Di Leo: Spaghetti Noir

Outside of a committed cult following, Italian director Fernando Di Leo remains largely unknown in the United States despite his obvious influence on contemporary crime thrillers. (Much of Quentin Tarantino's earlier work, in particular, plays direct homage to Di Leo.) By filtering noir conventions through New Wave aesthetics and uniquely Italian sensibilities (honed as a screenwriter for Spaghetti Westerns), Di Leo crafted elaborately twisted tales in which nefarious characters pursued an assortment of murderous misdeeds against a seedy backdrop of go-go clubs and gambling dens, each environ teeming with corrupt cops, wanton women, and vicious criminals. Such elements practically define Di Leo: Spaghetti Noir, a four-film series hosted by Take-Up Productions at Trylon Microcinema. Caliber 9 (1972) offers an unexpectedly sociological meditation on a paroled mobster's thwarted efforts to escape a life of bullets and bloodshed. The Italian Connection (1972) puts redemption up against even bleaker odds as a framed pimp struggles to dodge two relentless American assassins. Taking lurid thrills to graphic new heights, The Boss (1973) centers on a remorseless antihero eager to employ any means necessary to avenge the kidnapping of a mafia princess. Even more mob vendettas are served—albeit with a dose of slapstick comedy and a scenery-chewing turn from Jack Palance—in Rulers of the City (1976). By uncovering these rarely screened gems, Take-Up has launched the new year with a knockout score.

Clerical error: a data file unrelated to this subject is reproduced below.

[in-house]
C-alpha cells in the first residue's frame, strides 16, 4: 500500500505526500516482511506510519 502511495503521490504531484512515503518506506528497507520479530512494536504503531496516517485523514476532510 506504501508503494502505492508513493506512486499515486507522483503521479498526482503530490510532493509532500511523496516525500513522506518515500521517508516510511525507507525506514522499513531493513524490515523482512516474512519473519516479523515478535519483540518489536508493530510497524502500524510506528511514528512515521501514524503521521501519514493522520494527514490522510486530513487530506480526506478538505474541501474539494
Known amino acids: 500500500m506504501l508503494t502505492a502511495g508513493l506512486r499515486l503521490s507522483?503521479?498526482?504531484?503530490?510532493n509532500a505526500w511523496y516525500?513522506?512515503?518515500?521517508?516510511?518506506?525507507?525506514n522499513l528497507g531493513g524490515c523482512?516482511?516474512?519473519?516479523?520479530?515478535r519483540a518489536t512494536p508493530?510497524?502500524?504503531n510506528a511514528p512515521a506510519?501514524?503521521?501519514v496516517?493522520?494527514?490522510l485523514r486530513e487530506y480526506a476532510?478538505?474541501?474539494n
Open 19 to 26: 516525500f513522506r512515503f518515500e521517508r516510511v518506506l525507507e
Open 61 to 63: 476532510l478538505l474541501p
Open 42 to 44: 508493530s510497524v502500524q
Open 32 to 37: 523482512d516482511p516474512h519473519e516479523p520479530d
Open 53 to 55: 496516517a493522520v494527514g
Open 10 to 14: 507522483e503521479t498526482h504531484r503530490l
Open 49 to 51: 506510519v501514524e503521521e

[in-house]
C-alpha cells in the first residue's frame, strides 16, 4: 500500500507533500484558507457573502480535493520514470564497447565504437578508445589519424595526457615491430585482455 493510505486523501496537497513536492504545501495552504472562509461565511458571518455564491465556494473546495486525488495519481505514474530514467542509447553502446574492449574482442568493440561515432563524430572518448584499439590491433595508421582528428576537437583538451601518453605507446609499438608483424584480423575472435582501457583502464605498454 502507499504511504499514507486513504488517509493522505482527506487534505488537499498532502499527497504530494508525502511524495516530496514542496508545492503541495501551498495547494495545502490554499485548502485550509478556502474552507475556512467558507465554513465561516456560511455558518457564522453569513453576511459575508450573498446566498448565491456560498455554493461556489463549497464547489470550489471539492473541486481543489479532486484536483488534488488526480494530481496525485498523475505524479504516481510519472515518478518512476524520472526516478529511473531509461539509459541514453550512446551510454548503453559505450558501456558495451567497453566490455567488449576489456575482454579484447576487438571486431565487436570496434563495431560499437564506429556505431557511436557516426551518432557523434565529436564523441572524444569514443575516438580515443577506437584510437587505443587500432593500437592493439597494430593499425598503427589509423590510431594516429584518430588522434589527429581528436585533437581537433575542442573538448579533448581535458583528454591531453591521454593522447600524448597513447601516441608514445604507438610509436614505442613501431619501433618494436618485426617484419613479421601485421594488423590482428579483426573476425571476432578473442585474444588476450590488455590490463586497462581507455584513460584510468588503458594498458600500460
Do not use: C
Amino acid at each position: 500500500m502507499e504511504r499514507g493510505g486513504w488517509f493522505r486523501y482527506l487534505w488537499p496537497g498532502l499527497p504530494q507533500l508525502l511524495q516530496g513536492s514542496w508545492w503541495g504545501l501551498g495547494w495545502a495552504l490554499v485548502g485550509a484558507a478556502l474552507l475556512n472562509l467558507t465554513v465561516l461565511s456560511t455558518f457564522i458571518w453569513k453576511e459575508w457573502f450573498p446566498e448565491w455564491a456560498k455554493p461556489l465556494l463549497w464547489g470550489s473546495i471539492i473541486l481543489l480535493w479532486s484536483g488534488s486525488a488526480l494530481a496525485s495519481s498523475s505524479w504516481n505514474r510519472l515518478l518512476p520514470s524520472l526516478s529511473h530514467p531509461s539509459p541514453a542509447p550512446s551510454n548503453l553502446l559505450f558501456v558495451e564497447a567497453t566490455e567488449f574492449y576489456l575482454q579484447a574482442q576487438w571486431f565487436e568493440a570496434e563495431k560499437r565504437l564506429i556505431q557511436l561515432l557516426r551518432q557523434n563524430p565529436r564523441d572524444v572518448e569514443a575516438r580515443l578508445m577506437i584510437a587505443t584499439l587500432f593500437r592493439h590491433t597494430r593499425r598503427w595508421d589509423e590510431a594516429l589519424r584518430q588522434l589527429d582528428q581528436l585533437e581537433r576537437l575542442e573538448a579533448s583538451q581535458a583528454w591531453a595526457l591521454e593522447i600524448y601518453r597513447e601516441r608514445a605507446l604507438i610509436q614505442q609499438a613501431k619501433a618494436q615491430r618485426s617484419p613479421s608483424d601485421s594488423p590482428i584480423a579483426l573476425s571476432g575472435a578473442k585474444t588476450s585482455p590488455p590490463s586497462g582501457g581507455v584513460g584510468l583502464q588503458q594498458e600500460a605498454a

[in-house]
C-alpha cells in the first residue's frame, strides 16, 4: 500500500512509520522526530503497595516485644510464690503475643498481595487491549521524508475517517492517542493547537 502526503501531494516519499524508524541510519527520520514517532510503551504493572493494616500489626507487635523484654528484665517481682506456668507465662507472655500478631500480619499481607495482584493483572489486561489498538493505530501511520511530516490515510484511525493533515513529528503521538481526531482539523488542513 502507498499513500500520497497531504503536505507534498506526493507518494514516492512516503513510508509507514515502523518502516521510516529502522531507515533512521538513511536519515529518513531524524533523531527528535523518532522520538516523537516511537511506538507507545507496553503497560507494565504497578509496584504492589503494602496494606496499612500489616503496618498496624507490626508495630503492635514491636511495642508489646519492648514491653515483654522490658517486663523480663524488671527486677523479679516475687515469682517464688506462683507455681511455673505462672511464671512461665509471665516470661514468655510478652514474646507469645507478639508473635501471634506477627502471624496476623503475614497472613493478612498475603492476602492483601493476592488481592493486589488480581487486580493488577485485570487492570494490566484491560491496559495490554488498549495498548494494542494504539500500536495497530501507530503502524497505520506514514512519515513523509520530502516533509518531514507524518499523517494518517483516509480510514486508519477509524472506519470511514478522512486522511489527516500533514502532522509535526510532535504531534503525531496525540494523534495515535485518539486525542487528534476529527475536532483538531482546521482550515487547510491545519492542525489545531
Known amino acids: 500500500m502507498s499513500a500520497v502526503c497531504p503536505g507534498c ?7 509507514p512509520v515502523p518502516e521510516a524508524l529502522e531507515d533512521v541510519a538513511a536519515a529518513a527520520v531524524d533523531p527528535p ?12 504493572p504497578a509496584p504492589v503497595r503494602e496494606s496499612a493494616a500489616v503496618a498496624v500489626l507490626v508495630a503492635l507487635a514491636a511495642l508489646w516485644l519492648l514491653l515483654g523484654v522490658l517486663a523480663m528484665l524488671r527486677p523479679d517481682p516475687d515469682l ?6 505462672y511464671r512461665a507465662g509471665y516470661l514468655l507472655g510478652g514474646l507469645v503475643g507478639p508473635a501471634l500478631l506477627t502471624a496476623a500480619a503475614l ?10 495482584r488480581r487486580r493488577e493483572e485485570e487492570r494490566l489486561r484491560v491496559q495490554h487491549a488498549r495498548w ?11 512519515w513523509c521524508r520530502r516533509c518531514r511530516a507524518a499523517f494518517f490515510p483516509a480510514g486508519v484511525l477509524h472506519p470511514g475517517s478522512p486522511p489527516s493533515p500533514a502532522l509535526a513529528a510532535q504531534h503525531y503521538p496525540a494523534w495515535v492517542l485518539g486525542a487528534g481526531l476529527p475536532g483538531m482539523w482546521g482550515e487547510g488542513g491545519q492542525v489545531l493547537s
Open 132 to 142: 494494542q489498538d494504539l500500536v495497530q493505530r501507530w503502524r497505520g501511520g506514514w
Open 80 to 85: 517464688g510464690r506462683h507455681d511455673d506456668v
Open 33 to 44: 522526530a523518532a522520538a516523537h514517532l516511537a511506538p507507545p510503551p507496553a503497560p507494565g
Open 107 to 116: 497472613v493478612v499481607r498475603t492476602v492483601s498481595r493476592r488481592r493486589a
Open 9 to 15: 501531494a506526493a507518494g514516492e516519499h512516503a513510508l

Fridays, Saturdays, 9 p.m.; Fridays-Sundays, 7 p.m.; Sundays, 5 p.m. Starts: Jan. 6. Continues through Jan. 29, 2012

 
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